Kaminario's K2 data-gobbling champ squeezes out 2 million IOPS
BuT enterprise-class storage isn't JUST about the numbers
The performance summit of K2, Kaminario's mountainously named flash array, has been lifted to 2 million IOPS.
We have the Fibre Channel-connected flash K2 listed as running at up to 600,000 IOPS and exhibiting an 8GB/sec throughput. Its capacity ranges from 3TB to 100TB. Now Kaminario has tweaked the beast and got 2 million random read 4K IOPS out of one with 60TB usable multi-level cell (MLC) flash capacity. This data-gobbler also had a bandwidth of 20GB/sec which Kaminario gloats, is five times better than its nearest, unnamed, competitor. We note that IBM/TMS's RamSan 810 and 820 are Fibre Channel connected, use MLC flash and run at 4GB/sec. But a Violin 6616 system also runs at 4GB/sec.
The gloating Kaminario also said the system's latency was less than 1 millisecond, claiming this was "four times better than the closest competitor". It says it can achieve these numbers and similarly high SPC-1 benchmark numbers because the "K2 is the only scale-out all-flash storage array in the market today," with its SPEAR (Scale-out Performance Storage Architecture ) architecture.
Dani Golan, Kaminario's CEO, reckons; “The … K2 … continues to prove it is the highest performing storage solution, and also the most cost-effective for companies who need help removing the I/O bottlenecks that stall the productivity of their essential business applications.”
The market for this box is as a replacement for disk spindles for high-value business applications which take a long time to run – even when given lots and lots of disk spindles. It's a similar strategy to that of Whiptail but Kaminario would say it whips Whiptail performance-wise.
If you are going to Oracle OpenWorld over the next few days (it starts today and runs until 4 October), you can see the K2 in action, presumably spitting through complex Oracle database applications as if they were trivial spreadsheets.
On a more serious note, these are high, very high benchmark-type numbers and, of course, your mileage may well vary. But Kaminario would say its K2 product has so much performance headroom as demonstrated by this simple 2 million IOPS rating as well as the complex SPC-1 benchmark score, that it can run general high-end business applications that are disk-bound, and accelerate them to an impressive degree. It's a general purpose storage that happens to go really, really fast and not a narrow focus, high performance niche array.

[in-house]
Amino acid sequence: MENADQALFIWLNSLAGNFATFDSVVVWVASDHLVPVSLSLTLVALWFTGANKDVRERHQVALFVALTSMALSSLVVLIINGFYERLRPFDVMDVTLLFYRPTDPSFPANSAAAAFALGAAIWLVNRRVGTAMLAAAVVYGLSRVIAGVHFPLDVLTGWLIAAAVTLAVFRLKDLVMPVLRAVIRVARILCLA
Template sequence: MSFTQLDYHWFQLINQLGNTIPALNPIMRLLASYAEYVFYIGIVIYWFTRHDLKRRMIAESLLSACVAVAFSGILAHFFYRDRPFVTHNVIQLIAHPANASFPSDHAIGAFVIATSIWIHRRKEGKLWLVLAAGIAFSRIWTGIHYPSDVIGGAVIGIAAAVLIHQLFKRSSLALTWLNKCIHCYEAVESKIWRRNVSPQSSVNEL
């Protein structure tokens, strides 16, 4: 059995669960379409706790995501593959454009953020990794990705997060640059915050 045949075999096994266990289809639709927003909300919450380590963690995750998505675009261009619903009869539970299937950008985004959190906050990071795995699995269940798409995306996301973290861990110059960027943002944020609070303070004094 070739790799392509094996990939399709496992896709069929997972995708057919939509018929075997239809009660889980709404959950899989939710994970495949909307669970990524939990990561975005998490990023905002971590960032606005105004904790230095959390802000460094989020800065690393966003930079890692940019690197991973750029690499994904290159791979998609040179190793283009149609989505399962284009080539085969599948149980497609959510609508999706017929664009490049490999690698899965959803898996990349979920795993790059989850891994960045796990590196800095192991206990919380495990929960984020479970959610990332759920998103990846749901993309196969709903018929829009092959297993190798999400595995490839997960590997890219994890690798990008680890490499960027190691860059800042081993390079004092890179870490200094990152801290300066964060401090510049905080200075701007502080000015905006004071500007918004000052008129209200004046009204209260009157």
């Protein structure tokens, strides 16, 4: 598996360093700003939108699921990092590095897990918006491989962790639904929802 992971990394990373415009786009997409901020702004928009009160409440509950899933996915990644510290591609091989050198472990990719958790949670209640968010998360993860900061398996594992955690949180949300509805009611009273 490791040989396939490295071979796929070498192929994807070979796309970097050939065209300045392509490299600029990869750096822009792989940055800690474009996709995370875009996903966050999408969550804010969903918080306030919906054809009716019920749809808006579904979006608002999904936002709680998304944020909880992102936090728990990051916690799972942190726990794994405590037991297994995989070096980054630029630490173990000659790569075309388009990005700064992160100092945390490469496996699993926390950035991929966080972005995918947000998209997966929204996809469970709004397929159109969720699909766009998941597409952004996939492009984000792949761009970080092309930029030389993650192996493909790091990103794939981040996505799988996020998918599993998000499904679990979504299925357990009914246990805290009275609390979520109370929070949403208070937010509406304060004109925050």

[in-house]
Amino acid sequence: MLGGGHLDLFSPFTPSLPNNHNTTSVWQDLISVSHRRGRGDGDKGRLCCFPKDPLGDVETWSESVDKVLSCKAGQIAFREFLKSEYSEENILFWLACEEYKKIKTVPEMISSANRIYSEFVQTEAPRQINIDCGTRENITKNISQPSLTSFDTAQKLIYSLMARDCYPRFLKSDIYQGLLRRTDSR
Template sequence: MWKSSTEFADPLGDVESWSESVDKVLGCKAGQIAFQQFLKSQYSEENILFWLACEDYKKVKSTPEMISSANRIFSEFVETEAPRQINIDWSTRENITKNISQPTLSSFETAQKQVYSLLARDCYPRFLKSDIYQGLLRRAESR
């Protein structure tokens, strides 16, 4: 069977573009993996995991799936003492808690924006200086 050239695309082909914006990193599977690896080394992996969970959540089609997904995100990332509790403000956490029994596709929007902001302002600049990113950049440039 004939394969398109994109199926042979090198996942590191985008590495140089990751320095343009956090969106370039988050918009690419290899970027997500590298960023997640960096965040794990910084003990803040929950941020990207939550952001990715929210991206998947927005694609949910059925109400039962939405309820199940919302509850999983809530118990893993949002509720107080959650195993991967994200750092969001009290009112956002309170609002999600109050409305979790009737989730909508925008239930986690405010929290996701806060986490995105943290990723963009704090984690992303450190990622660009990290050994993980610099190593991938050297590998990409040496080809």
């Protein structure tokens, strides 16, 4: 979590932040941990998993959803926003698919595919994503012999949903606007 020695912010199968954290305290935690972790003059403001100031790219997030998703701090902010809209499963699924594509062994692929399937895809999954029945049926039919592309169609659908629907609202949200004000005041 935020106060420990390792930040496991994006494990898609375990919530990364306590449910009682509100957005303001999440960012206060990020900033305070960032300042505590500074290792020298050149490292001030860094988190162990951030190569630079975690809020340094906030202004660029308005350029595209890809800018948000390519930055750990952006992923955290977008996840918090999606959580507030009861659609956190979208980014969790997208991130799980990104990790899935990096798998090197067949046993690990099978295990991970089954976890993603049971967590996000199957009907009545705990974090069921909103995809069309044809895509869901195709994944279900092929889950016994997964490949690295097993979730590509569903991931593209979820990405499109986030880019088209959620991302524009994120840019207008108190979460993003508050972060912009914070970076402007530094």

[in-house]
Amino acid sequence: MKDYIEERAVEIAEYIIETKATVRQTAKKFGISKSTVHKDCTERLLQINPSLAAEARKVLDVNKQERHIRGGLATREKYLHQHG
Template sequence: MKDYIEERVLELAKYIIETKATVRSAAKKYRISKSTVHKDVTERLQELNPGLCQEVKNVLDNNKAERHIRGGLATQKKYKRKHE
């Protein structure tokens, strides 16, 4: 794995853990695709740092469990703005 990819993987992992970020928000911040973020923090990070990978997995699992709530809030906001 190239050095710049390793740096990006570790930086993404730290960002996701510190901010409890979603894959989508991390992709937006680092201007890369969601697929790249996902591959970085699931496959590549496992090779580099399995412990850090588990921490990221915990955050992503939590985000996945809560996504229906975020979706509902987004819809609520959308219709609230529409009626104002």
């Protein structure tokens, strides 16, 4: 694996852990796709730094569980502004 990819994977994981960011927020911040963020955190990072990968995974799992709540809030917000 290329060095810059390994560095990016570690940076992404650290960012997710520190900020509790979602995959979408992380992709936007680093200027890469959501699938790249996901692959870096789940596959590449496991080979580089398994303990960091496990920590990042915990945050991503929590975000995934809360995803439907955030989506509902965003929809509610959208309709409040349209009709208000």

A K2 spokesperson said: "Many different applications can be run against a single K2 simultaneously. In fact, the K2 can scale so dozens to hundreds of different applications’ data can reside on one single system. Its high IOPS and low latency are perfect for OLTP applications, its high throughput is perfect for Big Data/OLAP applications, and its low latency and high throughput support many virtualised use cases. All can run on one single system, which gives the customer unsurpassed ROI and low TCO. Any data intensive application would benefit from a K2."
"We have a very rich data protection software stack (including snaps, NDU, replication and full management capabilities) and we will continue to add features in this area."
El Reg asked how this 2 million IOPS number will change or emphasise Kaminario positioning against IBM/TMS, Violin and Whiptail?
"This benchmark reinforces the importance of a … scale-out architecture compared to the proprietary scale-up systems of TMS and Violin. [It] allows our customers to buy one K2 and grow it as their needs grow. The equivalent benchmark by Violin required two SLC (faster single level cell flash) systems; we scaled to 2M IOPS and 20 GB/sec throughput with one MLC system," the firm responded.
"If you compare the performance numbers benchmark from one Violin system that was published recently, we are announcing a benchmark equivalent to theirs with 3x faster results on IOPS (2M vs. 750K), 5x better throughput (20 GB/s vs. 4 GB/s - very significant in OLAP environments), and 4x better latency in max load, which is the most important metric in OLTP and virtual environments.
"The benchmark system has full high availability, non-disruptive operations, linear scalability, snaps and replication. Violin and TMS/IBM do not have these software features today and EMC is not yet in the market with a fully functional flash SAN array."
We then asked whether Kaminario has a distribution/reseller sales channel and/or a direct sales force?
"Our go-to-market strategy combines direct sales and resellers. This past week, we announced a partnership and strategic investment in Kaminario by Mitsui & Co, one of Japan’s largest corporate conglomerates. This investment will be used to expand our distribution in Asia."
Kaminario recently closed a $25m dollar D round of funding, taking total funding to date to almost $70m. The company wouldn't tell us how many customers it has, but claims that it is growing fast.
The high-end drive array replacement market for disk-bound business-critical applications is shaping up to be an arena for intense competition, with IBM/TMS, Kaminario, Violin Memory and Whiptail all chasing after it and pitching their products into the ring.
EMC's XtremIO product is also destined for this market and X-IO would say flash Hyper-ISE arrays are a good fit to market needs as well. It's boom time in this market sector and the ability to convince enterprises that a supplier has enterprise-class features will be crucial. It is not just a raw performance game. ®
Sponsored: Flash storage buyer's guide